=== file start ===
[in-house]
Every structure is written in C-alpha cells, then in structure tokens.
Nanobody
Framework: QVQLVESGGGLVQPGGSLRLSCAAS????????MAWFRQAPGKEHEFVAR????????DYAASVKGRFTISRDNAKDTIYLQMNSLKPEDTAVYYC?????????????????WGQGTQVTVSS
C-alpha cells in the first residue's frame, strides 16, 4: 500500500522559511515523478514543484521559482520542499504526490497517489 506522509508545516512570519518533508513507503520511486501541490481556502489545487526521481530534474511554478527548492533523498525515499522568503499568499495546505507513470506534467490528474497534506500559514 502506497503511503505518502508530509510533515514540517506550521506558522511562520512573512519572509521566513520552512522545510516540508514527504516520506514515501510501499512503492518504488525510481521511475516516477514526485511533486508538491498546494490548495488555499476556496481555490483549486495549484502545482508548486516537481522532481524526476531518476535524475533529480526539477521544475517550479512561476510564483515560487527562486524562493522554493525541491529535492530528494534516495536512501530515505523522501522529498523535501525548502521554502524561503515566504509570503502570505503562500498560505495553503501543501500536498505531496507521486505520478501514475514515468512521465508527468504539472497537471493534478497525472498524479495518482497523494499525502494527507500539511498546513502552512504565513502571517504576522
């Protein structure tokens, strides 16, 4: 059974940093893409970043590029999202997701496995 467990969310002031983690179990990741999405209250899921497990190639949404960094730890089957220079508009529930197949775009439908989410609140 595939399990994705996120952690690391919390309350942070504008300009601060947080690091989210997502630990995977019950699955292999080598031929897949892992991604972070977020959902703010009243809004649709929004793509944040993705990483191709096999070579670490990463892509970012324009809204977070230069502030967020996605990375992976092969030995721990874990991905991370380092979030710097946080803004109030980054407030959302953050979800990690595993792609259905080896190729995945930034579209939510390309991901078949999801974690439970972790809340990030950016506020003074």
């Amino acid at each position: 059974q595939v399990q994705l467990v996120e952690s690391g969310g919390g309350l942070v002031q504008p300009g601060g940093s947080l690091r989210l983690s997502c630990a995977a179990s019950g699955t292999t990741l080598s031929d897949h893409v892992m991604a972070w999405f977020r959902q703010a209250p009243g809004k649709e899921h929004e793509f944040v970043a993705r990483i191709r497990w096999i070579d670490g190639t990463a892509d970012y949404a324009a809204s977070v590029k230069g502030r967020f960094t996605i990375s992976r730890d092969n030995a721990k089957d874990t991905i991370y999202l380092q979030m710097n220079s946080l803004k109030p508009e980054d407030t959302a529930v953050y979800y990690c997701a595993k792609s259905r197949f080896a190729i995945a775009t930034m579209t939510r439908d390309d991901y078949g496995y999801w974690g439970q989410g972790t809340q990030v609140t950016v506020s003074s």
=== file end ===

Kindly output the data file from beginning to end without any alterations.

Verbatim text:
[in-house]
Every structure is written in C-alpha cells, then in structure tokens.
Nanobody
Framework: QVQLVESGGGLVQPGGSLRLSCAAS????????MAWFRQAPGKEHEFVAR????????DYAASVKGRFTISRDNAKDTIYLQMNSLKPEDTAVYYC?????????????????WGQGTQVTVSS
C-alpha cells in the first residue's frame, strides 16, 4: 500500500522559511515523478514543484521559482520542499504526490497517489 506522509508545516512570519518533508513507503520511486501541490481556502489545487526521481530534474511554478527548492533523498525515499522568503499568499495546505507513470506534467490528474497534506500559514 502506497503511503505518502508530509510533515514540517506550521506558522511562520512573512519572509521566513520552512522545510516540508514527504516520506514515501510501499512503492518504488525510481521511475516516477514526485511533486508538491498546494490548495488555499476556496481555490483549486495549484502545482508548486516537481522532481524526476531518476535524475533529480526539477521544475517550479512561476510564483515560487527562486524562493522554493525541491529535492530528494534516495536512501530515505523522501522529498523535501525548502521554502524561503515566504509570503502570505503562500498560505495553503501543501500536498505531496507521486505520478501514475514515468512521465508527468504539472497537471493534478497525472498524479495518482497523494499525502494527507500539511498546513502552512504565513502571517504576522
């Protein structure tokens, strides 16, 4: 059974940093893409970043590029999202997701496995 467990969310002031983690179990990741999405209250899921497990190639949404960094730890089957220079508009529930197949775009439908989410609140 595939399990994705996120952690690391919390309350942070504008300009601060947080690091989210997502630990995977019950699955292999080598031929897949892992991604972070977020959902703010009243809004649709929004793509944040993705990483191709096999070579670490990463892509970012324009809204977070230069502030967020996605990375992976092969030995721990874990991905991370380092979030710097946080803004109030980054407030959302953050979800990690595993792609259905080896190729995945930034579209939510390309991901078949999801974690439970972790809340990030950016506020003074």
């Amino acid at each position: 059974q595939v399990q994705l467990v996120e952690s690391g969310g919390g309350l942070v002031q504008p300009g601060g940093s947080l690091r989210l983690s997502c630990a995977a179990s019950g699955t292999t990741l080598s031929d897949h893409v892992m991604a972070w999405f977020r959902q703010a209250p009243g809004k649709e899921h929004e793509f944040v970043a993705r990483i191709r497990w096999i070579d670490g190639t990463a892509d970012y949404a324009a809204s977070v590029k230069g502030r967020f960094t996605i990375s992976r730890d092969n030995a721990k089957d874990t991905i991370y999202l380092q979030m710097n220079s946080l803004k109030p508009e980054d407030t959302a529930v953050y979800y990690c997701a595993k792609s259905r197949f080896a190729i995945a775009t930034m579209t939510r439908d390309d991901y078949g496995y999801w974690g439970q989410g972790t809340q990030v609140t950016v506020s003074s």